It rained hard and the path was a river in itself with small waterfalls as it flowed over the steps and steep sections. The last bit of the path to the cave is a steep climb out from the river and made a bit more challenging by the rain and water running down the path obscuring the rocks and holes. We pushed on and soon we were walking into the safety of the cave. It was dark as the storm moved in over us and looking out from the cave we could see the lightning playing in the clouds. By now the water was rushing over the lip of the cave making even a conversation difficult.
The cave was dry for most part and we quickly changed into something dry and warm before setting up our sleeping areas. It was way too early to go to bed, even though it was already quite dark due to the cloud cover. Unfortunately Xeni Cave has seen a lot of abuse over the years and there were some fresh signs of a fire being made in the cave. Unfortunately some of our fellow hikers don’t believe that a camp fire does any damage however it causes long term issues as it eventually just gets out of hand. Except for being an eye sore in a cave people start to damage trees and shrubs to get fire wood and eventually it leads to the destruction of the natural covering in front of the cave. Most caves are already dusty and the extra ash just makes things worse especially if the wind starts to blow into the cave.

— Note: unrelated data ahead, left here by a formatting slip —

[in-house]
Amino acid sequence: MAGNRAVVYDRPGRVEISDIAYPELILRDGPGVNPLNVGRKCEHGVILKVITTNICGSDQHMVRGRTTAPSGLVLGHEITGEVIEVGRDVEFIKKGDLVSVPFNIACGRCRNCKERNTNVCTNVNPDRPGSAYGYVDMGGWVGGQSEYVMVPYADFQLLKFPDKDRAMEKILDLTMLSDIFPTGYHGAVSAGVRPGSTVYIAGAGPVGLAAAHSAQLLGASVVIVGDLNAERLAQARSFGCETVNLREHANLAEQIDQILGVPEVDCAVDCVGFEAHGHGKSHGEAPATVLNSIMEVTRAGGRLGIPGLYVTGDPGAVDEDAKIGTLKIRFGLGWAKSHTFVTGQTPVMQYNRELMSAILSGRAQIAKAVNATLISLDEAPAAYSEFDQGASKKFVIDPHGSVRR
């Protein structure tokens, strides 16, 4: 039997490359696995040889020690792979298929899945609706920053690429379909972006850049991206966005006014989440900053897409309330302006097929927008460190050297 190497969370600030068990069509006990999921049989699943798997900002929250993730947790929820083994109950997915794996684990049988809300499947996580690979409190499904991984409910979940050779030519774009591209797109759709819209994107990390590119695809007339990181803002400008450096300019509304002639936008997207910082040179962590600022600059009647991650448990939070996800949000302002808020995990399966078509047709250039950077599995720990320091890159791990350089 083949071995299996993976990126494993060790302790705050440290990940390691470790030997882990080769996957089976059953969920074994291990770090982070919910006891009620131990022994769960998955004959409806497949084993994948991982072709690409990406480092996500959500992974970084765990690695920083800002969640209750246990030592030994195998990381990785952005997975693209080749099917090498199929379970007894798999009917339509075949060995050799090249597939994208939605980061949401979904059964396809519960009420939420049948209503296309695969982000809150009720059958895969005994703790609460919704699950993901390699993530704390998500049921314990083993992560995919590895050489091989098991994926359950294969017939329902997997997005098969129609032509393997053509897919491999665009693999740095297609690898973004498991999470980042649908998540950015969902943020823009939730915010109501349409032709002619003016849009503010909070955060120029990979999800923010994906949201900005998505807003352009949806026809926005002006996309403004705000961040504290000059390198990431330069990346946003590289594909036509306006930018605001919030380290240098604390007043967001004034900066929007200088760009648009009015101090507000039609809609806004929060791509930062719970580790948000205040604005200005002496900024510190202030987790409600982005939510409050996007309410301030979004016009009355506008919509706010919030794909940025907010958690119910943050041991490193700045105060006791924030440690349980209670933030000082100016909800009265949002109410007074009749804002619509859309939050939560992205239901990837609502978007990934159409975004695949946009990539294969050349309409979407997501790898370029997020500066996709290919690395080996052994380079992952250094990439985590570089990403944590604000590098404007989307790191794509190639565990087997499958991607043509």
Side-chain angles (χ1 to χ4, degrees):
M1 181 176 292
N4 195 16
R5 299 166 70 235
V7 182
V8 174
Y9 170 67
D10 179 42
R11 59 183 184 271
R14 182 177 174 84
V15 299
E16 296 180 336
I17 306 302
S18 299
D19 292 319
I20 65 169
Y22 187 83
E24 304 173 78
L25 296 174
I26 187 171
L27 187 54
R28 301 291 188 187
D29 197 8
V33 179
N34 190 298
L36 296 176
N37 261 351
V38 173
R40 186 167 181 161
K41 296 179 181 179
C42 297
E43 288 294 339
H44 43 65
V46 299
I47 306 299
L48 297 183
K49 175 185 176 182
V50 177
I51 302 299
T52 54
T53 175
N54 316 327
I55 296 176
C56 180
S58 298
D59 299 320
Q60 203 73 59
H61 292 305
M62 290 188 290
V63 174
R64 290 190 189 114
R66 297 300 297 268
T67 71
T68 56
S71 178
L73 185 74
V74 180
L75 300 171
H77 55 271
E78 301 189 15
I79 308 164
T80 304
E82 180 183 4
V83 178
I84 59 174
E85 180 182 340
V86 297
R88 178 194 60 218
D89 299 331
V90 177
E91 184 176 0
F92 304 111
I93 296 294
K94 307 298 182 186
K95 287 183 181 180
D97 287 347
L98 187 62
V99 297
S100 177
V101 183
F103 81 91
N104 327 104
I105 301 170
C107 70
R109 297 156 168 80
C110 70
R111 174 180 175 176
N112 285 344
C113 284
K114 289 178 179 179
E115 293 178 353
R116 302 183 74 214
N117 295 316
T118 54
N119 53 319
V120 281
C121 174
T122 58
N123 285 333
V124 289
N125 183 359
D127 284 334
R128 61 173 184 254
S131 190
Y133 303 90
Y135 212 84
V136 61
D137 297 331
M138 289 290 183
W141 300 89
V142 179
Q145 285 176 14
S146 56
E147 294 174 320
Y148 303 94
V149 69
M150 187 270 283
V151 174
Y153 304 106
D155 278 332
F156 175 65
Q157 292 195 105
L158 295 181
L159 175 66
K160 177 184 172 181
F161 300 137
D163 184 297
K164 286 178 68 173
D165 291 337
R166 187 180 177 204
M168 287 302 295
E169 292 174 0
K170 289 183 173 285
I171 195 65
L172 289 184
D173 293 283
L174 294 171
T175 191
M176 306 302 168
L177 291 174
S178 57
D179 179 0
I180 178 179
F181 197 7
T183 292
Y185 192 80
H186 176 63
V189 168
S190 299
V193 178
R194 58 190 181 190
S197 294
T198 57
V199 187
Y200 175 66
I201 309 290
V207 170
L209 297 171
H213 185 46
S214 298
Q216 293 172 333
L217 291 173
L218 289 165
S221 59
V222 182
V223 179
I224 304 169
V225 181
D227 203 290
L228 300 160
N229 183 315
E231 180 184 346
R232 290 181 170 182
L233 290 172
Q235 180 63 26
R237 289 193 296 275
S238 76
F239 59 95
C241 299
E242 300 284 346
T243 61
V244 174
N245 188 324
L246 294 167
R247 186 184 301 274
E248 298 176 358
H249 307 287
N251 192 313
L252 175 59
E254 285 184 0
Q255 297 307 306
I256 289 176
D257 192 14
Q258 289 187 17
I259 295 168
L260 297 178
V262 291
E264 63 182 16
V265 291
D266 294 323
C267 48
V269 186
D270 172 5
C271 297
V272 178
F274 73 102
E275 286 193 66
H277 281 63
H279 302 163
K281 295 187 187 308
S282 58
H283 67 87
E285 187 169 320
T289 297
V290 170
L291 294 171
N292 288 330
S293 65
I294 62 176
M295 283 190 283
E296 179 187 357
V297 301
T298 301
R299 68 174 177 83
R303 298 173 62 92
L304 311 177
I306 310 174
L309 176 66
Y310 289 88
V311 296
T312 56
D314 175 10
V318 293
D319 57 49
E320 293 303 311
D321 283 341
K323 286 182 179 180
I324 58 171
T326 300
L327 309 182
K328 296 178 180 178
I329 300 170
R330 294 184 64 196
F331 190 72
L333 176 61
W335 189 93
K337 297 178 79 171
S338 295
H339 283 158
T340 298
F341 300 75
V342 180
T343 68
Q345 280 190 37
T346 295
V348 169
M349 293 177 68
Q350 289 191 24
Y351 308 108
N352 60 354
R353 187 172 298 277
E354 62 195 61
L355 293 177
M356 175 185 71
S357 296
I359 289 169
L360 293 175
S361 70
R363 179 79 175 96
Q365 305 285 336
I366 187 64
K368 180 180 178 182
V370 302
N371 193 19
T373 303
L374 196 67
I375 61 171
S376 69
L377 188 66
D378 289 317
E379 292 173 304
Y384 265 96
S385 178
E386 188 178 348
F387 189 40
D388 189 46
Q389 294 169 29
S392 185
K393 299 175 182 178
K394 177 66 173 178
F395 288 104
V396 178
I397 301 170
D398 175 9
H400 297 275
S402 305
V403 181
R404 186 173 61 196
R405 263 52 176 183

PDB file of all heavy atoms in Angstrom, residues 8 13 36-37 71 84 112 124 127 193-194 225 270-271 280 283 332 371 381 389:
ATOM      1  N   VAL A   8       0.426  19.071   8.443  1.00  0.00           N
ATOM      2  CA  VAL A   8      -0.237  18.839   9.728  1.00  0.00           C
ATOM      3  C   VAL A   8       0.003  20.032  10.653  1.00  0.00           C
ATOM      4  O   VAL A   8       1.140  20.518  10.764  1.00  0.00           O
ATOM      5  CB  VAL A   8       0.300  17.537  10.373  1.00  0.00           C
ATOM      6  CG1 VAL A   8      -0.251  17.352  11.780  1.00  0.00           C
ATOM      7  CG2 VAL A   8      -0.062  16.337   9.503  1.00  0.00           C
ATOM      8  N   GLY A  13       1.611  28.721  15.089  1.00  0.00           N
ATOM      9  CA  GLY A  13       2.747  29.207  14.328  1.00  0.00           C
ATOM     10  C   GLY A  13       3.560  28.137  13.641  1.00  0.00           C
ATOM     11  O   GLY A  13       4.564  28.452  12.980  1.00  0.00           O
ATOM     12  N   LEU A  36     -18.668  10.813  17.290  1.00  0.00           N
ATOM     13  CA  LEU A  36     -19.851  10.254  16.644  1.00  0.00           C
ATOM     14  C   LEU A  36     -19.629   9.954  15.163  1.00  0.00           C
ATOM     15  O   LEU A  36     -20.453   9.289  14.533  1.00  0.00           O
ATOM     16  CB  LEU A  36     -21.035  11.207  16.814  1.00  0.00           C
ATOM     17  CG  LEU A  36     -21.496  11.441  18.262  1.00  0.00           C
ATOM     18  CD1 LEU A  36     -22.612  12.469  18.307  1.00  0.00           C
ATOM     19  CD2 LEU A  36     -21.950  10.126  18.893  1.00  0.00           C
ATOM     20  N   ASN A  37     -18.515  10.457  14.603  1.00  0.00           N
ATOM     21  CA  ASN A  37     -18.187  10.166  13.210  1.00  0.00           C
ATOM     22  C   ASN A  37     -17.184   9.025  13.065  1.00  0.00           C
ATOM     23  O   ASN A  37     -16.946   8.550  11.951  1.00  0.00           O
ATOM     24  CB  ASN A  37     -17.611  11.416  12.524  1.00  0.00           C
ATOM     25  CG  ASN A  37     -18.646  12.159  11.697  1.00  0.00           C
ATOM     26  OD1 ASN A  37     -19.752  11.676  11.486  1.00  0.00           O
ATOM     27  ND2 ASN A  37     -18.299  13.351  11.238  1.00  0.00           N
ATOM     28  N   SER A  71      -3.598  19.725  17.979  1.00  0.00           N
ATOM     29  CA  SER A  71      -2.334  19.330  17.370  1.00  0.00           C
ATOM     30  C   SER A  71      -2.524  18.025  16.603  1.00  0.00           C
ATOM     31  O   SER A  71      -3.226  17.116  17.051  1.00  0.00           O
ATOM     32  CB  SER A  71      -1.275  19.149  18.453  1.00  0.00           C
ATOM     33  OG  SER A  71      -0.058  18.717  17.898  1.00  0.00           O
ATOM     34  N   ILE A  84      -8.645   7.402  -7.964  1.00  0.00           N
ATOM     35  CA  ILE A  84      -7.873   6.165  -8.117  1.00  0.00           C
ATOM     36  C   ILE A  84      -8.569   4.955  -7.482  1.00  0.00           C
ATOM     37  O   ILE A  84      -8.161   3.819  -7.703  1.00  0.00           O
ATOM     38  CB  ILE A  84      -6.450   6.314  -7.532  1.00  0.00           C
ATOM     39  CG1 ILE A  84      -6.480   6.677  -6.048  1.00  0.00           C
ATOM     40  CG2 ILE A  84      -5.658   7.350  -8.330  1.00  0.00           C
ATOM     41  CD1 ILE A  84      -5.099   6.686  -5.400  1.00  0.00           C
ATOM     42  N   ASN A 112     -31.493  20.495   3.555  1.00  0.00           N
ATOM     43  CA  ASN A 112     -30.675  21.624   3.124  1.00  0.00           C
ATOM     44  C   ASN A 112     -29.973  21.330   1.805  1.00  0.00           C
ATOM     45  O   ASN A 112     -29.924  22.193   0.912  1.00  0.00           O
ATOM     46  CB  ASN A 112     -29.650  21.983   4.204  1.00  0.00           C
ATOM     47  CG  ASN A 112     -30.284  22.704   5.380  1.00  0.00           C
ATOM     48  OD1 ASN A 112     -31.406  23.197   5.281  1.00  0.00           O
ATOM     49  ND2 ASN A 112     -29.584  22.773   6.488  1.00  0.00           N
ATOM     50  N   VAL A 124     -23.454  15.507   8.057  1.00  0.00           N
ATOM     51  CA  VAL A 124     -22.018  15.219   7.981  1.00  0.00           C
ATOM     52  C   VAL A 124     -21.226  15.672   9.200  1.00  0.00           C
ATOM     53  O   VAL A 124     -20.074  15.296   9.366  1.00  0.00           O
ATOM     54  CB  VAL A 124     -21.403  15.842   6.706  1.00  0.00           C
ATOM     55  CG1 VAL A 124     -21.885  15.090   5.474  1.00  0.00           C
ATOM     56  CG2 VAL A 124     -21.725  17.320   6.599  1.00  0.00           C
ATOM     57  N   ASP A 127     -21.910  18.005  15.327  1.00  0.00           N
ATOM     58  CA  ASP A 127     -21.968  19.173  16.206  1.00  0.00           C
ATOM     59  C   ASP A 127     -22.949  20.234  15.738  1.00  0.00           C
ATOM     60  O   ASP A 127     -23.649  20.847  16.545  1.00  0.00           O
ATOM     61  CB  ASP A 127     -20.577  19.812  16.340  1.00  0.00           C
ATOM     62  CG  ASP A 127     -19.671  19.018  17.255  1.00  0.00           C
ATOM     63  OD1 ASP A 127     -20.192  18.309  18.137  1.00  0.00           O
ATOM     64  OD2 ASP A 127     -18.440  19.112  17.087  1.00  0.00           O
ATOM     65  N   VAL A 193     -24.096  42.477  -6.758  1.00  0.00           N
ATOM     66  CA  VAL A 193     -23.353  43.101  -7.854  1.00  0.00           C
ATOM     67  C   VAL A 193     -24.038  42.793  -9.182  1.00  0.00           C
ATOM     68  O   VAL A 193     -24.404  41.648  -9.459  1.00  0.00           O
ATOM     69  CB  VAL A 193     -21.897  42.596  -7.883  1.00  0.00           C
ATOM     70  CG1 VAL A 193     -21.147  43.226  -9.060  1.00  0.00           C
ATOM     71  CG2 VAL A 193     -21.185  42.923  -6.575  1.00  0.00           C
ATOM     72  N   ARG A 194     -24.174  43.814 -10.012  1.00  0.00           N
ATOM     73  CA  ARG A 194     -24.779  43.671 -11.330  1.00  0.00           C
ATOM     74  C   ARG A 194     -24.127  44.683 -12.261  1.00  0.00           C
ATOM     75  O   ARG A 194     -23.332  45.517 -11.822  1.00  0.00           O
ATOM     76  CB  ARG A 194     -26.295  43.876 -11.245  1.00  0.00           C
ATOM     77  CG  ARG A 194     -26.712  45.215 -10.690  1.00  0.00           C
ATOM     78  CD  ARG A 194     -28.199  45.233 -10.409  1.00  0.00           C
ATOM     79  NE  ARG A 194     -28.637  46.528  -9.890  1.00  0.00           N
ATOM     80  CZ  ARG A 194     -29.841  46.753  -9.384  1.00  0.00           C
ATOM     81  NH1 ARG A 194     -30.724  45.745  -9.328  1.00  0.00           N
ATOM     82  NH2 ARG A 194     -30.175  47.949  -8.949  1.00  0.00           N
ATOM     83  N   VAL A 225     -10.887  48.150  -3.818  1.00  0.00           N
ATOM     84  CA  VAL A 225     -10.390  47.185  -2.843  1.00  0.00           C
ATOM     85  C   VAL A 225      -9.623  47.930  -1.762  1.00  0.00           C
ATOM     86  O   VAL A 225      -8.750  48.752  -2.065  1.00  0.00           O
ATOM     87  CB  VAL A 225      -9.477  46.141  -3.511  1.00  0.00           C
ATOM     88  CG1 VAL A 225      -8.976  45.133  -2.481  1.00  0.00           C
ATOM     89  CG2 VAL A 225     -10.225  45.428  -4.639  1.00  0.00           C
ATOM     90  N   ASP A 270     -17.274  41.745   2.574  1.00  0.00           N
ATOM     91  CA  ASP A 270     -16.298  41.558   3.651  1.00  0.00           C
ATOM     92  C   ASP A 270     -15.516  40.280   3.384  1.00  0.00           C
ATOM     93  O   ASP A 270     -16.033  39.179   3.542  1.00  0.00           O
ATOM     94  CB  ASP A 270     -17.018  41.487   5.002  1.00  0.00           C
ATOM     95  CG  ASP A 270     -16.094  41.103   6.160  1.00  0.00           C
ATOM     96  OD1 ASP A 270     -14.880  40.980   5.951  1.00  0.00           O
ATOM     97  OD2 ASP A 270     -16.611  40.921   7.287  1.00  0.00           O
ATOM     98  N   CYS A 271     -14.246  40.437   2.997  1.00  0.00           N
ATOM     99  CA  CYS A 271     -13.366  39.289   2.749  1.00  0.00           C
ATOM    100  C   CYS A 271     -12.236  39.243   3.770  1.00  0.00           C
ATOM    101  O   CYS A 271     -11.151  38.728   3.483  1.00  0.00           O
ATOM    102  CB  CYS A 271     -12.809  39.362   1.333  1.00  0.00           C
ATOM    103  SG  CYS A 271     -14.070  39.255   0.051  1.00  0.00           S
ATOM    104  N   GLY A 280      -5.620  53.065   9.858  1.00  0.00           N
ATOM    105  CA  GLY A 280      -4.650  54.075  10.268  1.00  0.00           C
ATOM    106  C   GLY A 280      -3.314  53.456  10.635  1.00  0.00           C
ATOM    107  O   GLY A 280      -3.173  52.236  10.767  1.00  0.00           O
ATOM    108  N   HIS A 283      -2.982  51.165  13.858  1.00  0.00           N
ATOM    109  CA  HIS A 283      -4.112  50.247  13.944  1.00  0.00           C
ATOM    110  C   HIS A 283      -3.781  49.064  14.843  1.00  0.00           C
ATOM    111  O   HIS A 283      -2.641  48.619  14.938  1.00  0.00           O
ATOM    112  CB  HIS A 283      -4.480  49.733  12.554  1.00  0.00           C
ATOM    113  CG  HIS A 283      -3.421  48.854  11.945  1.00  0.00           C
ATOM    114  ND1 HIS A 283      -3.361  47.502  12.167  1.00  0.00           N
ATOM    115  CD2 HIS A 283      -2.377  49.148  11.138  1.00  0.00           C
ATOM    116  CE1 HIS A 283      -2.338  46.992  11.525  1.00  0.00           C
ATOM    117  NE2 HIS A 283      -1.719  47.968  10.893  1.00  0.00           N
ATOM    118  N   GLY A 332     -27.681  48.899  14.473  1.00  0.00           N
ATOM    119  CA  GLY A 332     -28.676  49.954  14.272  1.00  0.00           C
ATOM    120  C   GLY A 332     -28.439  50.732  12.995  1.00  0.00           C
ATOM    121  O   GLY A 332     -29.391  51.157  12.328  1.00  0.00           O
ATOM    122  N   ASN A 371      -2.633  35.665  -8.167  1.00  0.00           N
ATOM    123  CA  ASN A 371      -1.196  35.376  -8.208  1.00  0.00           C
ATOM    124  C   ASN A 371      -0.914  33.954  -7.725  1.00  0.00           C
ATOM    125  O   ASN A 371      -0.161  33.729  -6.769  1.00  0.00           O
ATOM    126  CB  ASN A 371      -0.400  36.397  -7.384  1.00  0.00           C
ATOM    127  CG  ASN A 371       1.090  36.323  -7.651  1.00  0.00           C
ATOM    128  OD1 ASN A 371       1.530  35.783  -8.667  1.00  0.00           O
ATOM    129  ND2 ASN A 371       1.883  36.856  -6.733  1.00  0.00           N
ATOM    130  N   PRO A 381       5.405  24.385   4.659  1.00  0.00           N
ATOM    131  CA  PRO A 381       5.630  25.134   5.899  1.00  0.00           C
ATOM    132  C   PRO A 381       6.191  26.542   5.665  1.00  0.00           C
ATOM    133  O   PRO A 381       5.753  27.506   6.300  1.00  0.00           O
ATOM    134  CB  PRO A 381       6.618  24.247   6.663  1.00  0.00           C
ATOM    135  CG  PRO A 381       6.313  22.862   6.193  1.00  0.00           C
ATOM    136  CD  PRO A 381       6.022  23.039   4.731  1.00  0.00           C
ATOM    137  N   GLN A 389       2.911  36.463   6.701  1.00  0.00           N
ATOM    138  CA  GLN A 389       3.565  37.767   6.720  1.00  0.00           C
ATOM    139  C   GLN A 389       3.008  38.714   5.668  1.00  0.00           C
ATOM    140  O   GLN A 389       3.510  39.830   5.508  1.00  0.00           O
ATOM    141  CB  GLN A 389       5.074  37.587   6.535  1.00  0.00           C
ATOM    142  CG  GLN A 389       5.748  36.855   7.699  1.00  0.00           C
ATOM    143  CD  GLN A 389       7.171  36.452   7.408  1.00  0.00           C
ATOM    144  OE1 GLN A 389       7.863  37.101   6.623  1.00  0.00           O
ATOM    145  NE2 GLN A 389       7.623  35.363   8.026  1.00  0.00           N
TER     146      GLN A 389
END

We made good use of the tables and quickly had our supper prepared and no matter what people say, after a warm meal you do feel a lot better. It was still way too early to go to bed and after a bit of chatting and watching the lightning show we finally were close to 20:00 and every one slowly started to make their way to their sleeping bags. It was still bucketing down and the sound of the waterfall and rain drowned out just about all the noise and soon we were all dosing off.